As you head north on the trail, you'll pass under the USS San Francisco memorial, then you'll curve around and start heading east. This bend in the trail offers your first of many spectacular views of the Golden Gate Bridge. Even on a foggy morning, with the tops of the towers obscured by mist, the view is breathtaking.

Looking down into the bay, you'll see treacherous waters. It's not surprising to learn that since the mid-1800s, more than a dozen ships have wrecked close to Lands End.

The worst shipwreck was the City of Rio de Janeiro in 1901, with a loss of 128 lives. At low tide, keep your eye out for the ruins of the Frank H. Buck, an oil tanker that was struck by the luxury liner President Coolidge and sank in 1937.

As you progress along the Coastal Trail, you'll notice a little stump of a lighthouse, Mile Rock Lighthouse, which was built in 1906 and converted to a helicopter landing pad 60 years later.

The name comes from the rocky beach below you, which you can visit if you feel like navigating the steep (but well maintained) staircase trail.

Enter the labyrinth

At one point, the staircase splits in two. If you veer to the right, you'll end up on the cliff above the beach, where you'll find one of the most delightful surprises in Lands End: a labyrinth created from small stones, built in 2004 by Eduardo Aguilera, who says the walkable maze is a "shrine to peace, love and enlightenment."

Back up on the Coastal Trail, you'll hit a steep staircase that takes you up into a fragrant eucalyptus grove and winds through raspberry brambles that occasionally offer peeks of the bridge and of China Beach and Baker Beach below and to the east.

The trailhead leaves you on El Camino del Mar, in the middle of Lincoln Park Municipal Golf Course. Wend your way up the hill to the Palace of the Legion of Honor. If you're not interested in the current exhibition, a collection of prints by John Baldessari running through Nov. 8, you can still take in some beautiful art.

George Segal's "The Holocaust" (1984), on the hillside outside the museum, is a sobering sculptural tribute to lives lost in concentration camps. Mark di Suervo's "Pax Jerusalemme" (1999) is a giant steel sculpture, its red arms outstretched to the sky. And just inside the courtyard of the Palace, where it suddenly feels like you've landed in Paris, a version of Rodin's famous sculpture "The Thinker" is lost in reverie.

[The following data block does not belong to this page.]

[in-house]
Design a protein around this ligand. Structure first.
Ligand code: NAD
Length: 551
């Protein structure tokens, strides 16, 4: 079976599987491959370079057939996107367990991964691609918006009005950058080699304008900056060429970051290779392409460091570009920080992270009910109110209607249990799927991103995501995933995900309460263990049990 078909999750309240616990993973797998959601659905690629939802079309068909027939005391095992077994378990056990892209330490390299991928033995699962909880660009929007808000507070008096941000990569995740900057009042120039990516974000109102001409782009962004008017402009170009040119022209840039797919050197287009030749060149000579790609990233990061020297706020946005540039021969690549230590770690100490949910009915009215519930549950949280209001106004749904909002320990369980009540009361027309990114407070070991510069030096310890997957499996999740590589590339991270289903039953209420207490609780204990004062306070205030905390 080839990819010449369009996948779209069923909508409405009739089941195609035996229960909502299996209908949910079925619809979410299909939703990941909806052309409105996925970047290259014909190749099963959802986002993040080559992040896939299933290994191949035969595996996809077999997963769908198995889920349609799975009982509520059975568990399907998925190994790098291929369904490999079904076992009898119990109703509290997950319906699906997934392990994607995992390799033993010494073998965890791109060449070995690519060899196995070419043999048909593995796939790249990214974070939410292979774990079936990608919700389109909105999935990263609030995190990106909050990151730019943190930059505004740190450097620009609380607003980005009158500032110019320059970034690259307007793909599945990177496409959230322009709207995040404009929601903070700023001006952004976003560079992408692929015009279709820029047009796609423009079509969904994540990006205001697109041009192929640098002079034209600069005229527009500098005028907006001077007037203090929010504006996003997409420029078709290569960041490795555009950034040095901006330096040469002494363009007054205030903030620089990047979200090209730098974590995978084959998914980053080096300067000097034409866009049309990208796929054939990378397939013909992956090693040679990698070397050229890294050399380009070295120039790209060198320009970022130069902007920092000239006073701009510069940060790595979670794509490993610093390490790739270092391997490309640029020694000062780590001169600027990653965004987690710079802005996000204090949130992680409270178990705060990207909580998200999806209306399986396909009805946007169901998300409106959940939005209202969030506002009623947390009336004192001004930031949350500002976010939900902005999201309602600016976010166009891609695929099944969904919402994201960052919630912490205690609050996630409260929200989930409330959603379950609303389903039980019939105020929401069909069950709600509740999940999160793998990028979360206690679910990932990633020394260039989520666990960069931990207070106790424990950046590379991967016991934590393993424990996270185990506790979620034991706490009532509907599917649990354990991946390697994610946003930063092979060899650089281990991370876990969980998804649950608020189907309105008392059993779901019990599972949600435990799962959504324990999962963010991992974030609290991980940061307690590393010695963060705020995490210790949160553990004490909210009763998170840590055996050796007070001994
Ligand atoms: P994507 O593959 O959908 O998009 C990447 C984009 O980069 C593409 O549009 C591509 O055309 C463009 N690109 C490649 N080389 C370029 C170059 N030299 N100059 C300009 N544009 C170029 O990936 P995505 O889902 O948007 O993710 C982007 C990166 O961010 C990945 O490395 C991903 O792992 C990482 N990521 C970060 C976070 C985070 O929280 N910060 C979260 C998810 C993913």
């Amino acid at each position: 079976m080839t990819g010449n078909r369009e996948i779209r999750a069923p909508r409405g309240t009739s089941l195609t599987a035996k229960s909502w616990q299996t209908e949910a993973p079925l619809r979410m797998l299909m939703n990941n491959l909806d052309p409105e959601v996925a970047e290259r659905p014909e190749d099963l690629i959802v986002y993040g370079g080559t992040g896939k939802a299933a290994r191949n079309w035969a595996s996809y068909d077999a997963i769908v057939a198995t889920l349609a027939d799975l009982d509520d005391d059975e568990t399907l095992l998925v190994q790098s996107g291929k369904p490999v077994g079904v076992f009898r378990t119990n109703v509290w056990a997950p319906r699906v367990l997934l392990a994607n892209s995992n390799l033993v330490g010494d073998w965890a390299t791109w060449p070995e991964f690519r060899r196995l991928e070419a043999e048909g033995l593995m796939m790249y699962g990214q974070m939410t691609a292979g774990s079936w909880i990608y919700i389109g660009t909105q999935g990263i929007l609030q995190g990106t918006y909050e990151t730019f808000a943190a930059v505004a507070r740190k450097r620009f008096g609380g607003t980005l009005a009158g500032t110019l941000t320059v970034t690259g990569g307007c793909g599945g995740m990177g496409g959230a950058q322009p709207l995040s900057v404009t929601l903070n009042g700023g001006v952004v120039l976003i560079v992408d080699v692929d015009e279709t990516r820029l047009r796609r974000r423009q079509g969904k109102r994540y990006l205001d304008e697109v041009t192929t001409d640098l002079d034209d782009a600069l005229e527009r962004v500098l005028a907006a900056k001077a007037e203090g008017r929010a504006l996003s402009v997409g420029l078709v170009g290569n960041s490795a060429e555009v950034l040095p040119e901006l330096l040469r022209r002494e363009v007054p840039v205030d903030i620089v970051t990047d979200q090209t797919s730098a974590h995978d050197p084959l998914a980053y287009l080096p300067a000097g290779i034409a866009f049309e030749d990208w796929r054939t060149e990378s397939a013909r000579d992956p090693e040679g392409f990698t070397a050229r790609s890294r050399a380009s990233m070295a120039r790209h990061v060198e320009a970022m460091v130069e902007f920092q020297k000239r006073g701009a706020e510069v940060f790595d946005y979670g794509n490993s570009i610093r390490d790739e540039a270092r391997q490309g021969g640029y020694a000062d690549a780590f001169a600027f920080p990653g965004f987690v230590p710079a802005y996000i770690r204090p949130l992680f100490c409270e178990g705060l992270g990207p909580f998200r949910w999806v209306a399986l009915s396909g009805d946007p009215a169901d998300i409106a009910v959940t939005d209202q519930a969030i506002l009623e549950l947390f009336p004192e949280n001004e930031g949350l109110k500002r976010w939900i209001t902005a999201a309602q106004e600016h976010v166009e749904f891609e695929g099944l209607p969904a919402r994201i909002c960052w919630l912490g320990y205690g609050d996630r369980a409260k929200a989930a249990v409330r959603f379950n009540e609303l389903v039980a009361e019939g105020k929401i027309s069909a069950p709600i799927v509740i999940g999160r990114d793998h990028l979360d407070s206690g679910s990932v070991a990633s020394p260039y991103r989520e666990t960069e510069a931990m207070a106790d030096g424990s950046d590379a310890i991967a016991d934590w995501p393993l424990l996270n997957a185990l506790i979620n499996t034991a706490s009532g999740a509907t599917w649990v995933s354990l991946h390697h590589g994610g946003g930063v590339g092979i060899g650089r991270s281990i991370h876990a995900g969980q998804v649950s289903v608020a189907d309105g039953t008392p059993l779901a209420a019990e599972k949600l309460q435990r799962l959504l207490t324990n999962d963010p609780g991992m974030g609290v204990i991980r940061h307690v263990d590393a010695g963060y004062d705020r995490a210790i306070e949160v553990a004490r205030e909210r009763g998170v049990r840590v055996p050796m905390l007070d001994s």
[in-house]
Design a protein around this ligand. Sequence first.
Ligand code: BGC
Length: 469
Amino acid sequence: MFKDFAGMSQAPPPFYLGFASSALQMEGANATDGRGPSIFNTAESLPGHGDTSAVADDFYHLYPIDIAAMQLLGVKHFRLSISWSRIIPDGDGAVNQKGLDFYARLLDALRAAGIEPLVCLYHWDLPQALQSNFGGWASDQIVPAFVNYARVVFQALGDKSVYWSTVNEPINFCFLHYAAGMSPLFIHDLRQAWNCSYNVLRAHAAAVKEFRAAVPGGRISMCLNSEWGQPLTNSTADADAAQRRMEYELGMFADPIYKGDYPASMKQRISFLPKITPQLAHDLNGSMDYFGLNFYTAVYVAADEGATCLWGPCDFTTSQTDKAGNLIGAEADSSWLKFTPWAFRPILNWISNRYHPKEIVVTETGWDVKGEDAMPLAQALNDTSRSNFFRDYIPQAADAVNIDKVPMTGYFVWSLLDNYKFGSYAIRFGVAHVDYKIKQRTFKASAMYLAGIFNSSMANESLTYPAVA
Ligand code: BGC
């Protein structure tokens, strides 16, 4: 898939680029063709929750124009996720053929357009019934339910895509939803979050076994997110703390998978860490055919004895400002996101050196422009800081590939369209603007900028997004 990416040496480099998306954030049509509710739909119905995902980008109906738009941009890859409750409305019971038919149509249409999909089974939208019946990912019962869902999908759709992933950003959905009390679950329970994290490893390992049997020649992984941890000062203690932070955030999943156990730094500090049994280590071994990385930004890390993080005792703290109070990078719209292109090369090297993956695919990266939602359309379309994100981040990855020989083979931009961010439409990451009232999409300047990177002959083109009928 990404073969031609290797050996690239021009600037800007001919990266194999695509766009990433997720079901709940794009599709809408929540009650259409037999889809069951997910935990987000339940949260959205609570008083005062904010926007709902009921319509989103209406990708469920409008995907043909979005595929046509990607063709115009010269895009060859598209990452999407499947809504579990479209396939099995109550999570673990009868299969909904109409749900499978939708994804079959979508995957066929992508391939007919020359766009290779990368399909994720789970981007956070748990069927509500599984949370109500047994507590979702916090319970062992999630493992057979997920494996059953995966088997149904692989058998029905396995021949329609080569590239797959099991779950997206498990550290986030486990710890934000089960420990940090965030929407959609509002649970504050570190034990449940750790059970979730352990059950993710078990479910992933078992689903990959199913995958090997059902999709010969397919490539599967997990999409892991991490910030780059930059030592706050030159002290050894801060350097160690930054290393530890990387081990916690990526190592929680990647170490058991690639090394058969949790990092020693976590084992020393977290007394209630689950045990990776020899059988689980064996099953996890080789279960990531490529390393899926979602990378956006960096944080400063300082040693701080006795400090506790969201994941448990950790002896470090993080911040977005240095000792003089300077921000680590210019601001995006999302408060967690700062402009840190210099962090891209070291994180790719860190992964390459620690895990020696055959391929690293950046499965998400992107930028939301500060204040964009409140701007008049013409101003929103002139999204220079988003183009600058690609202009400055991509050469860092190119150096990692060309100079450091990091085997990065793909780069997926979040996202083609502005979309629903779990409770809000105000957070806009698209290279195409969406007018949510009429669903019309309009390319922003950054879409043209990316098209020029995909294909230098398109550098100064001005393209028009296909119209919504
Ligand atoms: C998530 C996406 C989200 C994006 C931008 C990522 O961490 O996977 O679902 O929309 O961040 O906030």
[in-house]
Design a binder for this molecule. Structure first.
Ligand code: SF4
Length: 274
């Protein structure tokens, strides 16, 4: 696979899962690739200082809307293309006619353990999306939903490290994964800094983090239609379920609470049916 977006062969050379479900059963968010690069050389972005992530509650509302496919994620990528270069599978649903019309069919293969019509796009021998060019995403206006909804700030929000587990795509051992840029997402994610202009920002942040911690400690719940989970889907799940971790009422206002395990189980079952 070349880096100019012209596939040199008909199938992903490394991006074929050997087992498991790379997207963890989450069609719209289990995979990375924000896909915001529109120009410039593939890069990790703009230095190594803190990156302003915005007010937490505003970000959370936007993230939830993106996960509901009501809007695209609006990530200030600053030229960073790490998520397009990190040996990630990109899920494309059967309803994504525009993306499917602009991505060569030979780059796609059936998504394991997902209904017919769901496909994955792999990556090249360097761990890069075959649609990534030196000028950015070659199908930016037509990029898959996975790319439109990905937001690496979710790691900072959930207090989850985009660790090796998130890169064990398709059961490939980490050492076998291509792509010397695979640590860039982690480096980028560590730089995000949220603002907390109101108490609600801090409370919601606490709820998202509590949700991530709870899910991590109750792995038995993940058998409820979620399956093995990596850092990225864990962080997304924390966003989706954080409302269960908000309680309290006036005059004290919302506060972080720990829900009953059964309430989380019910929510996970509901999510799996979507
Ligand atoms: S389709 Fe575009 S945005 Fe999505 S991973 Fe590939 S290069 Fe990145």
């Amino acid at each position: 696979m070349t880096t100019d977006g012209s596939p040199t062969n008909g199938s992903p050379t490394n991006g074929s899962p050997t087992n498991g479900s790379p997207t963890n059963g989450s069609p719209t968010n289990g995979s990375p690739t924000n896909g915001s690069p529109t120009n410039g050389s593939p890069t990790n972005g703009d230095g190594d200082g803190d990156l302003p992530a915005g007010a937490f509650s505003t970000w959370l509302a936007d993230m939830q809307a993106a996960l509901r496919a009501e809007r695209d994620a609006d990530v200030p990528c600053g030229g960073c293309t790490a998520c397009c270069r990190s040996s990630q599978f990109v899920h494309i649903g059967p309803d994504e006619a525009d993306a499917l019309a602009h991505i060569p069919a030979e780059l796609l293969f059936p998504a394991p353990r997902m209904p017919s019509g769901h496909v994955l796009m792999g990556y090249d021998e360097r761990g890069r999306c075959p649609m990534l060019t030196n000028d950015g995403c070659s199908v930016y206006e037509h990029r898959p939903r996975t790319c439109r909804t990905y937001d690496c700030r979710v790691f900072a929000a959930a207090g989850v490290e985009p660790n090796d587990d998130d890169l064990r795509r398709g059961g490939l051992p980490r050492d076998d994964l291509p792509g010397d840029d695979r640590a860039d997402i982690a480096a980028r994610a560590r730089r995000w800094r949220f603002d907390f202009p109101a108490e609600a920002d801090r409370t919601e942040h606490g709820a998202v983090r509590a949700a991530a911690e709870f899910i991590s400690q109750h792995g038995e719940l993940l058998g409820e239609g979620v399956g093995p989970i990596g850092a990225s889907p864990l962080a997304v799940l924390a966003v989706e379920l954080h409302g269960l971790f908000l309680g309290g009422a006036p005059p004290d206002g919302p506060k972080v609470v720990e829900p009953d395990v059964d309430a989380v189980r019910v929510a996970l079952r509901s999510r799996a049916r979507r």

To get back on the Coastal Trail, walk to the north end of the museum and head downhill through a narrow parking lot. At the bottom of the lot, you'll see a sign guiding you back to the Coastal Trail via the El Camino del Mar Trail.

Underneath the canopy of trees, it feels like you're anywhere but San Francisco. And it's extraordinary to think that all these trees were planted in 1933 as part of a city of San Francisco and federal Civil Works Administration project to add a little a beauty to Lands End.

The Coastal Trail will take you right back to the parking lot to end your journey along the western edge of the continent and through San Francisco's wild and wonderful backyard.

Lands End

For maps and information:

Visit the Golden Gate National Park Conservancy Web site:

www.parksconservancy.org (415) 561-3000.

Lands End special events:

Become a Lands End steward and help restore unique coastal habitat and enhance the trail systems at Lands End.

Lands End Stewardship, Thursdays and Saturdays, starting this Thursday; 1-4 p.m.

Audience: Adults, educators, elementary school students, families, groups, high school students, middle school students, seniors, volunteers.

Event type: Birds/wildlife, environment/science, volunteer

Volunteer type: Habitat restoration and monitoring

The Palace of the Legion of Honor

Lincoln Park near 34th Avenue and Clement Street

For information: (415) 750-3600, www.famsf.org/legion

Open: 9:30 a.m.-5:15 p.m. Tuesday through Sunday

Admission: $10 adults general, $7 seniors 65 and over, $6 youth 13-17, free for ages 12 and under

Louis' diner

902 Point Lobos Ave., San Francisco

For information: (415) 387-6330

© Copyright The Sacramento Bee. All rights reserved.

Read more articles by Chad Jones